West Coast Editor

ImClone Systems Inc.'s Phase III miss with Erbitux (cetuximab) in non-small-cell lung cancer might have been due to a mid-trial protocol switch and wasn't a pivotal study anyway, but the failure could give a perceptual edge to Avastin (bevacizumab), Genentech Inc.'s VEGF inhibitor.

Shares of ImClone (NASDAQ:IMCL) dipped on the news, closing Thursday at $34.73, down $1.17. Genentech's stock (NYSE:DNA) ended the day down 56 cents, closing at $75.37. Despite strong second-quarter results, some Genentech analysts worried that sales might be flattening out.

New York-based ImClone and partner Bristol-Myers Squibb Co., also of New York, said the approved head-and-neck cancer drug Erbitux, tested with a taxane plus carboplatin in NSCLC, missed its primary endpoint of progression-free survival (PFS) in the 600-patient study, though secondary endpoints including response rate were achieved.

The open-label study, first designed with response rate as the primary endpoint, signed up about 300 patients, but researchers changed the trial protocol, chose PFS as the primary endpoint, and enrolled 300 more, noted analyst Han Li, with Stanford Group Co., in a research report. Li called the trial design "poor." ImClone officials could not be reached for comment.

Full data are expected this fall at the International Study of Lung Cancer meeting.

Two more Phase III trials are in progress, and another is pending for lung cancer, including a 1,100-patient frontline study called FLEX, with a primary endpoint of overall survival, due to report data in the fourth quarter of this year. Overseas partner Merck KGaA, of Darmstadt, Germany, is conducting FLEX.

A Phase III second-line study started in the first quarter of 2005 and still is enrolling. Called SELECT, that trial has PFS and overall survival as the primary endpoints, with results expected in the second half of next year. A third Phase III Erbitux trial, that one for locally advanced lung cancer, is expected to start after other Phase II and Phase III data with the compound are made public. Erbitux targets the epidermal growth factor receptor.

Wall Street is keeping an eye on chances for the approved colorectal cancer drug Avastin, also cleared last year for metastatic NSCLC. The drug's use in that indication probably depends more on physicians' opinion regarding data from the AVAiL study, disclosed at the June meeting of the American Society of Clinical Oncology.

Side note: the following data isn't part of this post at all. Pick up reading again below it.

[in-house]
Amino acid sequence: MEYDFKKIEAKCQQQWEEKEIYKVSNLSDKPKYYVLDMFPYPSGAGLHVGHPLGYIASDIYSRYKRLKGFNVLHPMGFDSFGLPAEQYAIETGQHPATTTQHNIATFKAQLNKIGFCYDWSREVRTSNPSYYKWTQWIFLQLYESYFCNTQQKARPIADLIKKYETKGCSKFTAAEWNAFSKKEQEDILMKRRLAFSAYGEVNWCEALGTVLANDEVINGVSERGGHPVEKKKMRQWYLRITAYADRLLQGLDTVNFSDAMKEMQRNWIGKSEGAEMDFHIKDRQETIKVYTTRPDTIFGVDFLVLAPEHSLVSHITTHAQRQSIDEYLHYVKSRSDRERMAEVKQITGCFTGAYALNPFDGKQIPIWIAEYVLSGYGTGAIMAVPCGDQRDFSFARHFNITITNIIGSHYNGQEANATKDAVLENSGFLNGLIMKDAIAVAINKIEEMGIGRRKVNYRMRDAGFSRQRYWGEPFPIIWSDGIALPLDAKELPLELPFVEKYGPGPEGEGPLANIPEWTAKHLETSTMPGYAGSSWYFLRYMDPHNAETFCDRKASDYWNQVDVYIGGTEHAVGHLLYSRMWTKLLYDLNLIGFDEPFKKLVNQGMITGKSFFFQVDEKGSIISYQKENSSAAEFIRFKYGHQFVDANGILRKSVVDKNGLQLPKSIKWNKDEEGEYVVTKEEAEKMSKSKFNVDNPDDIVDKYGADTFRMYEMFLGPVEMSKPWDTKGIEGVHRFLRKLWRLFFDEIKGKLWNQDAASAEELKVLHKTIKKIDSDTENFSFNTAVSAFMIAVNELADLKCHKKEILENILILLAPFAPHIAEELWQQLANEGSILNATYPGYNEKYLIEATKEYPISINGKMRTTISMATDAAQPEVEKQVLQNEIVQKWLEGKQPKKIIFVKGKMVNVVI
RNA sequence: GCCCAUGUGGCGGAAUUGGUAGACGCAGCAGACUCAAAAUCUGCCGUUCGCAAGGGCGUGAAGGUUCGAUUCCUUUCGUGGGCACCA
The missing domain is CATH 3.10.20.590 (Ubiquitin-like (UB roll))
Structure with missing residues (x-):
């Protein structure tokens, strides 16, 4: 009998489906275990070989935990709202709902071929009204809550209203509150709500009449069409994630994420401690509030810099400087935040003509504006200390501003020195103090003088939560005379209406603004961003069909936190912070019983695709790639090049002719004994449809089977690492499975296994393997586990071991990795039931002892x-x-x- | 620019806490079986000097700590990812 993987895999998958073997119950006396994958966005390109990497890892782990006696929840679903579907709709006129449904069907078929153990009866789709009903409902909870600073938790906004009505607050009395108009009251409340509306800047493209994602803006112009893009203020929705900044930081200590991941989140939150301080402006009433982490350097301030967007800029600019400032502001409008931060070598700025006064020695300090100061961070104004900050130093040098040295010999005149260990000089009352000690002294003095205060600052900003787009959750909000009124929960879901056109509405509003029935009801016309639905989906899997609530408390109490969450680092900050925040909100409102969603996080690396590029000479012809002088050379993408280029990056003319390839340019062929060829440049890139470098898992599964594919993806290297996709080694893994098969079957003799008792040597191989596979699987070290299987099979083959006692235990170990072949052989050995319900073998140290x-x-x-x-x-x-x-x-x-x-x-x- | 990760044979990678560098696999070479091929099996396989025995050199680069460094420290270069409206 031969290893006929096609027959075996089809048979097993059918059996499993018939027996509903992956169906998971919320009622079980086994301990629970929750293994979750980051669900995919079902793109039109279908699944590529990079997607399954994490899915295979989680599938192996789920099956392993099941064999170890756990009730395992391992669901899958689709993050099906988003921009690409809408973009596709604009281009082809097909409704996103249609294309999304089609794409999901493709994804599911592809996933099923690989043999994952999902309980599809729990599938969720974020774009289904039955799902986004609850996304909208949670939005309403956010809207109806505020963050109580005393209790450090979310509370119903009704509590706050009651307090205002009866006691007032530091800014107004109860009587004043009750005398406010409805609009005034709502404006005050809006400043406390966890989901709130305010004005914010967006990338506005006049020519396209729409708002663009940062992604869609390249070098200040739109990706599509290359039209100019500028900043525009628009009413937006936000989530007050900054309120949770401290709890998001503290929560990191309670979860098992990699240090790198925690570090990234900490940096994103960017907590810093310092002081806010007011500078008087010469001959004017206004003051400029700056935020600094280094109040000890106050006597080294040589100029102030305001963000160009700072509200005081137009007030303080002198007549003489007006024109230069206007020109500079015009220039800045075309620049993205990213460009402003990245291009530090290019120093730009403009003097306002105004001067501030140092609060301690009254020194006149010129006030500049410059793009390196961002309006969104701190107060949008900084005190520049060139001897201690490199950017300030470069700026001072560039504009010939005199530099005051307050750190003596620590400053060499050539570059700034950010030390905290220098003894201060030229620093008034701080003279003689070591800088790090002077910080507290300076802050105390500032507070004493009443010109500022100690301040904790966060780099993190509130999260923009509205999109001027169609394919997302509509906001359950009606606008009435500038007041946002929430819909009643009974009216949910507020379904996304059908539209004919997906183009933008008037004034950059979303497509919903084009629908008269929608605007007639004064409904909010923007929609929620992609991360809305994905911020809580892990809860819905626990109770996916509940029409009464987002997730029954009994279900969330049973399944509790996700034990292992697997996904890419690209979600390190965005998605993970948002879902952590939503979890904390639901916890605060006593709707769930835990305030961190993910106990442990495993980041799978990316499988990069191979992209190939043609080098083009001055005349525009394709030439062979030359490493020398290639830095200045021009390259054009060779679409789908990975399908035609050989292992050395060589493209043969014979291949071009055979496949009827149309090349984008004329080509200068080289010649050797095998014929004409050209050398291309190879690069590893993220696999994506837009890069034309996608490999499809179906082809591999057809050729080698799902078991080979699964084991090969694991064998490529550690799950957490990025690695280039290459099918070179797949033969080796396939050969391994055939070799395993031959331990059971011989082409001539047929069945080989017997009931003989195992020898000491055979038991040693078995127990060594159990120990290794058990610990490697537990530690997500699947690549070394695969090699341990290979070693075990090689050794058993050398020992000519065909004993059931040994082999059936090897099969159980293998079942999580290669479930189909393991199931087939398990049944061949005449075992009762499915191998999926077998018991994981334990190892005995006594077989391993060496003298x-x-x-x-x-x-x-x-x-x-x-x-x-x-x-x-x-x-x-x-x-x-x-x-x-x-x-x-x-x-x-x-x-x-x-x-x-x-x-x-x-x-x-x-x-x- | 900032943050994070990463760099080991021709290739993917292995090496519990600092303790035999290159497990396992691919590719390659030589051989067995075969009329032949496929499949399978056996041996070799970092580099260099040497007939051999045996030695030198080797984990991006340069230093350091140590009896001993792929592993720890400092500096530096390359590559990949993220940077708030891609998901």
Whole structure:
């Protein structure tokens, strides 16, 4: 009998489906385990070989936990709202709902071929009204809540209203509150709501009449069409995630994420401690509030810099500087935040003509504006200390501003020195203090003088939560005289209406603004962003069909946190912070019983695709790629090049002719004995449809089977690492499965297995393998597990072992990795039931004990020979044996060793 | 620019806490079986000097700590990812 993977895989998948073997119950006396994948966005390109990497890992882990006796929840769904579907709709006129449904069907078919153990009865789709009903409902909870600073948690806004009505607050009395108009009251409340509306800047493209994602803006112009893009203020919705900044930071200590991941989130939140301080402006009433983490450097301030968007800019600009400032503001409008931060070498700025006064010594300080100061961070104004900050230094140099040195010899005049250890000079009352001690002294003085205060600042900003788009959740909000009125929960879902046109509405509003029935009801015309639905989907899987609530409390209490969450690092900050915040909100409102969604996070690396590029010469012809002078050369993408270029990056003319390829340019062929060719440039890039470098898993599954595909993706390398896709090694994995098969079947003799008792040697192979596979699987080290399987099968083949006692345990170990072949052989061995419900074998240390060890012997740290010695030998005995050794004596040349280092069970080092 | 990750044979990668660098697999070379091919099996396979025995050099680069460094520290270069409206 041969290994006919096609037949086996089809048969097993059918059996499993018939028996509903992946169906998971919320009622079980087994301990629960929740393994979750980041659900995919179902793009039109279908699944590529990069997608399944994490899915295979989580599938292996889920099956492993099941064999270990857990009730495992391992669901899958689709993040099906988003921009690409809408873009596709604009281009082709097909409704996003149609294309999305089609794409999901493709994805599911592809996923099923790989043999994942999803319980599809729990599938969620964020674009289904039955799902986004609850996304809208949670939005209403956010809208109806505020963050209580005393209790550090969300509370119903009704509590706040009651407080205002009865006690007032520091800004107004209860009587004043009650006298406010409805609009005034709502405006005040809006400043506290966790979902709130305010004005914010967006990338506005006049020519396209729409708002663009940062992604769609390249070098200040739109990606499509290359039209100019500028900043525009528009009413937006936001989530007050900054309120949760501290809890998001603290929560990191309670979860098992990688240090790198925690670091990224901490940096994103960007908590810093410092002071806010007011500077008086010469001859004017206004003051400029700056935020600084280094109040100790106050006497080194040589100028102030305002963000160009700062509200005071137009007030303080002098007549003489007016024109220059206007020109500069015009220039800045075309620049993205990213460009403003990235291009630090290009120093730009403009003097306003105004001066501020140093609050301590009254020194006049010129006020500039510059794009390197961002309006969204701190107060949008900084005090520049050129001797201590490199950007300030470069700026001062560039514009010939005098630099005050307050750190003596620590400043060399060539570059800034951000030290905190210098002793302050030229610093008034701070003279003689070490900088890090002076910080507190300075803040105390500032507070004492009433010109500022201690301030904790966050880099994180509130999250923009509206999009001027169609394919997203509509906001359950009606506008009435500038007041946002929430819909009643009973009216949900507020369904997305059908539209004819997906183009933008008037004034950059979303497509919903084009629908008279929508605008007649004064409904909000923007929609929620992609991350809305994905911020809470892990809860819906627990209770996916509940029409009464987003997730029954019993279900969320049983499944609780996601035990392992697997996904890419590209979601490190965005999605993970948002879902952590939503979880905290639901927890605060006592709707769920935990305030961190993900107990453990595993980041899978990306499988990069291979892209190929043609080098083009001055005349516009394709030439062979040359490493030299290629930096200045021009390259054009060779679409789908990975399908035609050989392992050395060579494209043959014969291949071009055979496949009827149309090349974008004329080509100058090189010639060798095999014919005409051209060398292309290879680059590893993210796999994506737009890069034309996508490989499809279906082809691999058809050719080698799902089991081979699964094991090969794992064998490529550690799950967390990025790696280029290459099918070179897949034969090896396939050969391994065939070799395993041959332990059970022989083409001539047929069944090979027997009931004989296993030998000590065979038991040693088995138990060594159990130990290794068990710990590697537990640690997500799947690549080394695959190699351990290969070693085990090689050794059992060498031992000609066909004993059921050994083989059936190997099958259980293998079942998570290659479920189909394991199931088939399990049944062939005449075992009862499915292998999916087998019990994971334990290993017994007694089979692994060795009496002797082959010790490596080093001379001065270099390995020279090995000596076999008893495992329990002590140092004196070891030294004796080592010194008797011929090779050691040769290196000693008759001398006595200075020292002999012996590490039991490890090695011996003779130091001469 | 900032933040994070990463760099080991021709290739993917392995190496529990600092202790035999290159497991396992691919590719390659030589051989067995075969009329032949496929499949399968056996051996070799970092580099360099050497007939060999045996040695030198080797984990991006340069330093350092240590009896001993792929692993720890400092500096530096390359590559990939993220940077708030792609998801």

Results disclosed at ASCO indicated Avastin might work better given at a dose lower than the 15 mg/kg approved for metastatic disease. The study, sponsored by partner F. Hoffmann-La Roche Ltd., of Basel, Switzerland, showed Avastin significantly increased PFS in advanced NSCLC at both doses tested in combination with chemotherapy, but patients who got the lesser dose, 7.5 mg/kg, showed greater improvement (33 percent) than those receiving 15 mg/kg (22 percent) over the chemotherapy-only arm.

If doctors start prescribing at that lower dose, Genentech could see a reduction in projected sales figures in that indication, though analyst Joel Sendek, of Lazard Capital Markets, maintained a "buy" rating, and wrote in a research note at the time of the ASCO data that any decline in dosage as a result of the AVAiL outcome "will be offset by an increase in duration of use and penetration as a result of an improved safety profile and confirmatory trial."

In a report Thursday, Robert Baird & Co. cited a survey conducted earlier this year by Interactive Clinical Intelligence Inc., showing that 44 percent of respondents believed that Avastin is the most promising new therapy for NSCLC. Baird modeled Avastin revenues in the NSCLC indication as $696 million this year, $900 million in 2008 and $1.025 billion in 2009.

But Erbitux should not be counted out. Partly because of the protocol switch, the latest Phase III failure is hardly a "perfect predictor" of prospects for the FLEX trial, according to Baird. Li, with the Stanford Group, has "low expectations" for the study, he wrote in a Thursday report, but conceded the NSCLC indication "remains a wild card."